Esporao Rocks

Esporao Rocks

Posted on Jun, 04. 2012 by

Categories: Wine

Down to brass tacks right up front this morning: if you missed Wednesday’s special “Fifth Wednesday” event with Esporão, you missed some killer great wines—but plenty of you were able to come by and crowd up our tasting room up (yes, we need a 3rd air conditioner for days like that).

In either case, I’ve been a huge fan of this family of wines for as long as I’ve known that Portugal made good wine, so I was thrilled to be able to bring all this to your attention. Esporão was essentially my intro to the real story of modern winemaking in Portugal, and what that represents to me today is, well, Spain ten years ago. Wines of stunning purity and quality that are so obviously underpriced for their quality level (relative to similar wines in France and the US) that you just know that the international market is going to catch on sooner than later and double the cost of all these great deals. It happened with Spain…$15 Crianzas started getting 92+ Advocate scores, and that was really all she wrote. Now, so many impostors are making Spanish wines to score well with certain critics, the prices for real soulful wines are through the roof, and, well, here I am trying to get you in on one of the lower floors of the “next big thing”. Ignore at your own peril.

We tasted 10 wines on Wednesday. Great, world-class whites that you mightn’t peg as Iberian; full, expressive reds that defy their price tags in every respect. My favorites:

2011 Esporão Verdelho: This was one of my new favorites long before this tasting was even a discussion. Verdelho is not a different spelling of Verdejo; it’s its own grape…actually, one of the four main grapes of Madeira. This wine, though, brings almost none of the qualities of Madeira to the table, and instead rests triangulated between Sauvignon Blanc, Verdejo and Pinot Gris. It’s tremendously fresh, clean wine, with white flowers and fruit pits flanked by a seriously satisfying plushness; a bright and springy acidity follows it up to leave your palate refreshed and demanding more. I bought this as soon as I tried it a month or so ago, and a few of you have have seen it on the shelves and even tried it. For those who haven’t, it’s a brilliant new addition to your summer white lineup!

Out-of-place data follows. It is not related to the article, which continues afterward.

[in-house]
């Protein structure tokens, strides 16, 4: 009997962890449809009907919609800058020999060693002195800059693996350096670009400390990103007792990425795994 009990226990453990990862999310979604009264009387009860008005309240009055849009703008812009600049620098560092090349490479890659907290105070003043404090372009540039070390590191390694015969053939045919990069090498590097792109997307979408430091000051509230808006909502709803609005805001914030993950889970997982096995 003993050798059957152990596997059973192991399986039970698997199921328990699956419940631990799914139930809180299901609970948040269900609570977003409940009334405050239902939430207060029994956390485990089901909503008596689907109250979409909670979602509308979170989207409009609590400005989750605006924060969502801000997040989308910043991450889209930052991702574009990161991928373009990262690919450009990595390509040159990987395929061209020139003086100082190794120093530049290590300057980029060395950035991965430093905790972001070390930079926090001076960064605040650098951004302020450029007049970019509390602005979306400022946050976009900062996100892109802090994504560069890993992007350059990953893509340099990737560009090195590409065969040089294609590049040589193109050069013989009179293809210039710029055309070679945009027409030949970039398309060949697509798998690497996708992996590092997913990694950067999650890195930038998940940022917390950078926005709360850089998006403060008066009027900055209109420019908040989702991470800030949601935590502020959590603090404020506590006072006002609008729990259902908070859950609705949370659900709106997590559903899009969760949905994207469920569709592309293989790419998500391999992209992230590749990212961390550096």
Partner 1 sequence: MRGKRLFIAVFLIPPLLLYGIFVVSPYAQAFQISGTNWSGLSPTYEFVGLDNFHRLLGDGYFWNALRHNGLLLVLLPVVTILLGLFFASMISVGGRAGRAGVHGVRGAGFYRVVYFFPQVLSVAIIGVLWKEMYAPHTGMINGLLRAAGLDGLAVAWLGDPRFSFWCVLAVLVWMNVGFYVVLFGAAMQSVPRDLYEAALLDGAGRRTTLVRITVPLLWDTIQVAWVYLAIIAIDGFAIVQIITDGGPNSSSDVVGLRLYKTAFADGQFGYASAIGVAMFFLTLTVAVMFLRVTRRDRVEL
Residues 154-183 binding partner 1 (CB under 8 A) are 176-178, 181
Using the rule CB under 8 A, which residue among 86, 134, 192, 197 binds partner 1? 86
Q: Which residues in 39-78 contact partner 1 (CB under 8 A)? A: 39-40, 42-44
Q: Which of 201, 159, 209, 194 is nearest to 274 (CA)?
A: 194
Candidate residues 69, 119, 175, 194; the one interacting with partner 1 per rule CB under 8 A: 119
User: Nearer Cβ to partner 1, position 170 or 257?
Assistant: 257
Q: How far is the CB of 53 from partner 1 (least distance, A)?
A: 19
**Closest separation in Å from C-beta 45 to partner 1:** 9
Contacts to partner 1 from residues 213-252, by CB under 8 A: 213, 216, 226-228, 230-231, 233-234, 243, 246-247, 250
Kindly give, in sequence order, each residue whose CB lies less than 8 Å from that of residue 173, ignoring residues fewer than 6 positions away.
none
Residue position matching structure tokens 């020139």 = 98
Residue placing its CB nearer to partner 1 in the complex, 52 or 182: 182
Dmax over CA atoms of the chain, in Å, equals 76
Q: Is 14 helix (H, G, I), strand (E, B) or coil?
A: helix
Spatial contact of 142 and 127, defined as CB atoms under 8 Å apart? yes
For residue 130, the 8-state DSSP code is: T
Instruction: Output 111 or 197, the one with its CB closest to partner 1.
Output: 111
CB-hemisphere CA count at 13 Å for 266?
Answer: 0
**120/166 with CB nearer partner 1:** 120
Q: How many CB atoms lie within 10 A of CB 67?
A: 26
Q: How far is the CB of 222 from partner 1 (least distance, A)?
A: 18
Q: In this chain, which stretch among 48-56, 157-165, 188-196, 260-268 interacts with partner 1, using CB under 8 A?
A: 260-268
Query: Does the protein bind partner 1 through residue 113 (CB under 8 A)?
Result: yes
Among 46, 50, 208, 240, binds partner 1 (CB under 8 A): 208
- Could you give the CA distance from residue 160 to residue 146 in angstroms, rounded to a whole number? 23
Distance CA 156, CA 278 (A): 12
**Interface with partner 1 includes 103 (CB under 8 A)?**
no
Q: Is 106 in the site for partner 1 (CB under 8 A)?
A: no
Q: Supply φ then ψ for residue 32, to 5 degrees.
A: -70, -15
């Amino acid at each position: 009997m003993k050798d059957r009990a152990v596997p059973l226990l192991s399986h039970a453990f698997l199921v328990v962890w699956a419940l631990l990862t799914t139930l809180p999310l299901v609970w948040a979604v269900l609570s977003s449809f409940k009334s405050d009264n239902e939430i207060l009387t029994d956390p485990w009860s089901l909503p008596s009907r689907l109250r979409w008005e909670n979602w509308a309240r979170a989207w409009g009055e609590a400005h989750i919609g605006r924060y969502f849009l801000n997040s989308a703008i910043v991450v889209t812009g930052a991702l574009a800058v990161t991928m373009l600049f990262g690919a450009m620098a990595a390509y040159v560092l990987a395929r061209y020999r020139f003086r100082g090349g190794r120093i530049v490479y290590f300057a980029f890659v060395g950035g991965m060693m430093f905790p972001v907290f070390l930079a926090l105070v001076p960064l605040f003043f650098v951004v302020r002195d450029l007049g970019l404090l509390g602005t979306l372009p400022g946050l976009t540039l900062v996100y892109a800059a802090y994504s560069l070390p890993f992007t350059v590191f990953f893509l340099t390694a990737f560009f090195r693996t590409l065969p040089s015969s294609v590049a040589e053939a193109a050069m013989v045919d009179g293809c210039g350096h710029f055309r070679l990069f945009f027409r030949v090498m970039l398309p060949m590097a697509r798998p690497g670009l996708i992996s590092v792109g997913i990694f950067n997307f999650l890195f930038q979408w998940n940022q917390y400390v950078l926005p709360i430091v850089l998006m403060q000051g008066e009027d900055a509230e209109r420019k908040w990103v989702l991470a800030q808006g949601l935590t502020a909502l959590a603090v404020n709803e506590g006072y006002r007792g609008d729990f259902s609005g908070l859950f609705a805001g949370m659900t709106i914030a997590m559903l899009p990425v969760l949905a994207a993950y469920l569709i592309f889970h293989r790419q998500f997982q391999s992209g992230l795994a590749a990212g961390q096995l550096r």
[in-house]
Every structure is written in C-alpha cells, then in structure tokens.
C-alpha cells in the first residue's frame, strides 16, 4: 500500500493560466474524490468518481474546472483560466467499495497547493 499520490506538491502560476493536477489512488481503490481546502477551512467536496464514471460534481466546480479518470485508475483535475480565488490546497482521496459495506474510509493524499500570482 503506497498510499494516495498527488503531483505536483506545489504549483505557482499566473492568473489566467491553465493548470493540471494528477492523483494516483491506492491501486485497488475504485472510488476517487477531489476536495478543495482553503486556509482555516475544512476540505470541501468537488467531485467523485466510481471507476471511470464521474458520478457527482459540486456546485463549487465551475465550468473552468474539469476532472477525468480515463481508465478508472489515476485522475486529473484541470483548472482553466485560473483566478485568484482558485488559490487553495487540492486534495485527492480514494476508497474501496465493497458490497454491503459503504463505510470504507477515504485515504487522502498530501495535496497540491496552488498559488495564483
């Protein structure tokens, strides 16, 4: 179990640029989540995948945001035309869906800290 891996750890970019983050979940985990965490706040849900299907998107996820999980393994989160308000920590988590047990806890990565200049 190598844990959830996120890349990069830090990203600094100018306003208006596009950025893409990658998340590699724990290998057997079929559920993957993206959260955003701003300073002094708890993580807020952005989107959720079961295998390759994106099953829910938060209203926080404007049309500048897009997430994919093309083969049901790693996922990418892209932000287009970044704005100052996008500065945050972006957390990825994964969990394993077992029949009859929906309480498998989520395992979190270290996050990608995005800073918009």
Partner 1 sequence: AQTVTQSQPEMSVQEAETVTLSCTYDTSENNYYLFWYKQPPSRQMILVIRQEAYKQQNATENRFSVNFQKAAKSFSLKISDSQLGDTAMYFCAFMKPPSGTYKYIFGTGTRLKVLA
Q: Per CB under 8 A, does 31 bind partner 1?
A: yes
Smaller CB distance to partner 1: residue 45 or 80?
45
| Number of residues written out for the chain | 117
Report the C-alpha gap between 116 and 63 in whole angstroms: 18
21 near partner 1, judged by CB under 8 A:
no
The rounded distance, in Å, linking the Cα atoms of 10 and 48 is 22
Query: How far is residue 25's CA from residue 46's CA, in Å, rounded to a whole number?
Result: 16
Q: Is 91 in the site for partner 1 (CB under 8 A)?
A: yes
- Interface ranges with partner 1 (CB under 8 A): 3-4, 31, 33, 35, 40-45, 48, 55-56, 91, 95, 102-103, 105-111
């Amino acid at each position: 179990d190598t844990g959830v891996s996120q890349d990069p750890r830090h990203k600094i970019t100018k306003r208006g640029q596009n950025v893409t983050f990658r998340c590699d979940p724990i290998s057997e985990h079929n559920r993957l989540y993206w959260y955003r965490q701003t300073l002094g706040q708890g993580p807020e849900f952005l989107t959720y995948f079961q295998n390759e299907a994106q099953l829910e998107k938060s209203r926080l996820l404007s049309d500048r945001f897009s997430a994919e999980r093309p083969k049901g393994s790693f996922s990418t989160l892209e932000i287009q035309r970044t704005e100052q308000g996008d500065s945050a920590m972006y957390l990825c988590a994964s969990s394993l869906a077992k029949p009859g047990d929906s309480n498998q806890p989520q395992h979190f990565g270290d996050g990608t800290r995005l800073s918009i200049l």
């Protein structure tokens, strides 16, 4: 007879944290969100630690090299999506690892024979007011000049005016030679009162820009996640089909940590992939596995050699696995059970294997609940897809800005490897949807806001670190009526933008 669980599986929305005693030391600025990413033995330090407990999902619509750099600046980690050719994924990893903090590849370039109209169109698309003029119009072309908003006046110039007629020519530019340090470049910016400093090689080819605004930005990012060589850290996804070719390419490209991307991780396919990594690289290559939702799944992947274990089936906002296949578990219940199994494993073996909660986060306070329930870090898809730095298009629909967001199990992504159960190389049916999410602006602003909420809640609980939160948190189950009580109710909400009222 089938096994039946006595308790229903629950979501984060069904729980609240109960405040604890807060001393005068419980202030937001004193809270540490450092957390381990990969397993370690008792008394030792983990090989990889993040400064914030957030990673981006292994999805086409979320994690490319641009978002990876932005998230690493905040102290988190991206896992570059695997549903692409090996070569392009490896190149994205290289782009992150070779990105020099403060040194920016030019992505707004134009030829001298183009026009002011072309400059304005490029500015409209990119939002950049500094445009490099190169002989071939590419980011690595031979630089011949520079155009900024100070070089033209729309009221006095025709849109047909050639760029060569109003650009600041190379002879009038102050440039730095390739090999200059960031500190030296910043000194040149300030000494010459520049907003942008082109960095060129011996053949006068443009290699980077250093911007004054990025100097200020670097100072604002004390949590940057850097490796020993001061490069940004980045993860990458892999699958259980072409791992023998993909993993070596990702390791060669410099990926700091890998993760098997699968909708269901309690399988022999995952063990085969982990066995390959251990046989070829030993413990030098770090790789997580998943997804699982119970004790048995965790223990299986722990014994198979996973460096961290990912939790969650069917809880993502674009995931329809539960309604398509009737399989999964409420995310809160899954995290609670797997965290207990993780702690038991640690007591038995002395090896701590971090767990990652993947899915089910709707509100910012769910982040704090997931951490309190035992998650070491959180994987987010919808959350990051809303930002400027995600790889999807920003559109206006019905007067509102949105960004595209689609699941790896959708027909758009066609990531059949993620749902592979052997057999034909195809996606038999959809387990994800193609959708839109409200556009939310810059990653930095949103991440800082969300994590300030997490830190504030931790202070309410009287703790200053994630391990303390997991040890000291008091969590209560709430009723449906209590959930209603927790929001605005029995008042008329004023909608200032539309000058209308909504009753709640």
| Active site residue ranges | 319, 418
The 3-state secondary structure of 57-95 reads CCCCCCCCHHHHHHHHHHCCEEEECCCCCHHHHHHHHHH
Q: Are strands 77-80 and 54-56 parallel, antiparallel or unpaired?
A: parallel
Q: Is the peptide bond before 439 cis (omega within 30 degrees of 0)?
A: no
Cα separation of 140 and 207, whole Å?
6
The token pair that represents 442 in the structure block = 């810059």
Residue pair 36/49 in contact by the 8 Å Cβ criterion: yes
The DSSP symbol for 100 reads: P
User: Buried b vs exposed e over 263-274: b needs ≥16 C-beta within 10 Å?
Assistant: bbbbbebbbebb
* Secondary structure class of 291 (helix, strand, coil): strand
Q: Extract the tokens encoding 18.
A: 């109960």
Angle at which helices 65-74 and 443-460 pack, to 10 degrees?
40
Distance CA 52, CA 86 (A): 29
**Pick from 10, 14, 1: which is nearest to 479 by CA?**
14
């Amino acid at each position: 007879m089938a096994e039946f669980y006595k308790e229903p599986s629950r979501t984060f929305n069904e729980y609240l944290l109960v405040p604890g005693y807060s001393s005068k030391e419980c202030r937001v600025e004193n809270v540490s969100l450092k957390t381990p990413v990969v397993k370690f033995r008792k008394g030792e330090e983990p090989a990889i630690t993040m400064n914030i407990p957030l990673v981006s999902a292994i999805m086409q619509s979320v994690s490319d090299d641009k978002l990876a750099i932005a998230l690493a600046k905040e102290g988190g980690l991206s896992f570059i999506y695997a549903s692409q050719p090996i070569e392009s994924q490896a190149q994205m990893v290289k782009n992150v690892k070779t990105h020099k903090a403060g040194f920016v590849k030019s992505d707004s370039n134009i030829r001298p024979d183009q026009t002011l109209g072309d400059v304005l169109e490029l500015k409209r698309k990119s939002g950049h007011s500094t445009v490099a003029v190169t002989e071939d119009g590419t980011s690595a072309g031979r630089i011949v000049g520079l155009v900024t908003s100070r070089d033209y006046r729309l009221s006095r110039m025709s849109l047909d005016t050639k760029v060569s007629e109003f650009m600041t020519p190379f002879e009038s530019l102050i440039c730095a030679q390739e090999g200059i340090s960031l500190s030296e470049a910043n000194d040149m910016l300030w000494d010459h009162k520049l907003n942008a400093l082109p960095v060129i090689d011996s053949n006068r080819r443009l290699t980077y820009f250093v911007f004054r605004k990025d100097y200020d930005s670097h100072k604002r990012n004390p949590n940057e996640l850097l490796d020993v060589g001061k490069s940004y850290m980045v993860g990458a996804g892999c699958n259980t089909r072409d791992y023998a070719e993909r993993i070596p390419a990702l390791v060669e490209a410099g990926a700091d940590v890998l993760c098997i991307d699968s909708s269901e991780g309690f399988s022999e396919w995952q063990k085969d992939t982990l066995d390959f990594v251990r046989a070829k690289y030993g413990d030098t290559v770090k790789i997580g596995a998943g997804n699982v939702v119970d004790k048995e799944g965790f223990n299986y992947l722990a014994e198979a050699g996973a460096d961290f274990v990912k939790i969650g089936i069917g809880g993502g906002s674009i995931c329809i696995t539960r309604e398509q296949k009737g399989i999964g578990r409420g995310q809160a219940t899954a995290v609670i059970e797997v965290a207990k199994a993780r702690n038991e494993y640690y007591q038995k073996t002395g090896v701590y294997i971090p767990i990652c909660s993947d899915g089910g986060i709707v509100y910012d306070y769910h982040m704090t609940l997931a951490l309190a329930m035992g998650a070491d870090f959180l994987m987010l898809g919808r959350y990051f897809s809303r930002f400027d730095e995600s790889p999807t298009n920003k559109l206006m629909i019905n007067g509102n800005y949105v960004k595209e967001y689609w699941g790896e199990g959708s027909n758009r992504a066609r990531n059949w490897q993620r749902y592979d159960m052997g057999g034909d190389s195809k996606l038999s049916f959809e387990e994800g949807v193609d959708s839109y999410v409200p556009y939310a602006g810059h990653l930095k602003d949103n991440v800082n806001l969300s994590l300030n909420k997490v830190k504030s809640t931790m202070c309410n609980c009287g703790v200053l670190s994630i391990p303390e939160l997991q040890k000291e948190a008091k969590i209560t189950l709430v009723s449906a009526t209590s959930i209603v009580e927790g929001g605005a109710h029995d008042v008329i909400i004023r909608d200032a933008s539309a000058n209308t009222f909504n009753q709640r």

Member Price: [private_member] Grand Cru: $10.64 • Premier Cru: $11.12 [/private_member]
Retail Price: $14.99
2009 Esporão Private Selection (White): A new one for me, and a real head-turner. I kept coming back to this wine, because it’s so uncharacteristic of Iberia. It reminded me of an Anton Bauer Gruner Veltliner that I had aged for 7 years or so, and turned out like classic Grand Cru white Burgundy. This, of course, is current vintage stuff, but it has a serious deep yellow hue; while it’s obviously not Chardonnay, it has that distinctively integrated oak character beset with lively fruit and a regal character that laughs off its meager price tag. The wine leaps out of the glass without ever being too obvious, and all the little pieces and parts come together so effortlessly that you just want to keep smelling it. If you like great white Burg, and/or high-end California chard, but are getting a bit tired of paying so much for ’em, this is your new favorite substitute.
Member Price: [private_member] Grand Cru: $19.99 • Premier Cru: $20.90 [/private_member]
Retail Price: $27.99
2008 Quinta dos Murças Duoro Reserva: Of all the great reds we tasted, this one sticks out for a number of reasons. First and foremost, it is a beautiful cellar wine, something that exists on a plane by itself somewhere amongst West Coast Zin, Northern Rhone Syrah and Cali Cab. I’m drinking a glass of it as I write this, on night #2 of being open, and it’s blossoming into something of a graceful juggernaut. The body and spicy fruit of Central Coast zinfandel; the steely bluish fruit of Cote Rotie; the rugged depth and classicity of old (original) Napa cabernet. But this is no imitation of any of those things; the elements all gel together to bring you a serious contender for “cellar anchor”. The structure is sufficient that you can expect it to get better for at least another 5 to 10 years, but not so taut that you can’t drink it now. If you love big red wine, you need to have this. [typical retail: $42.50; Grand Cru: $30.99; Premier Cru: $32.44]
Member Price: [private_member] Grand Cru: $30.99 • Premier Cru: $32.44 [/private_member]
Retail Price: $42.50

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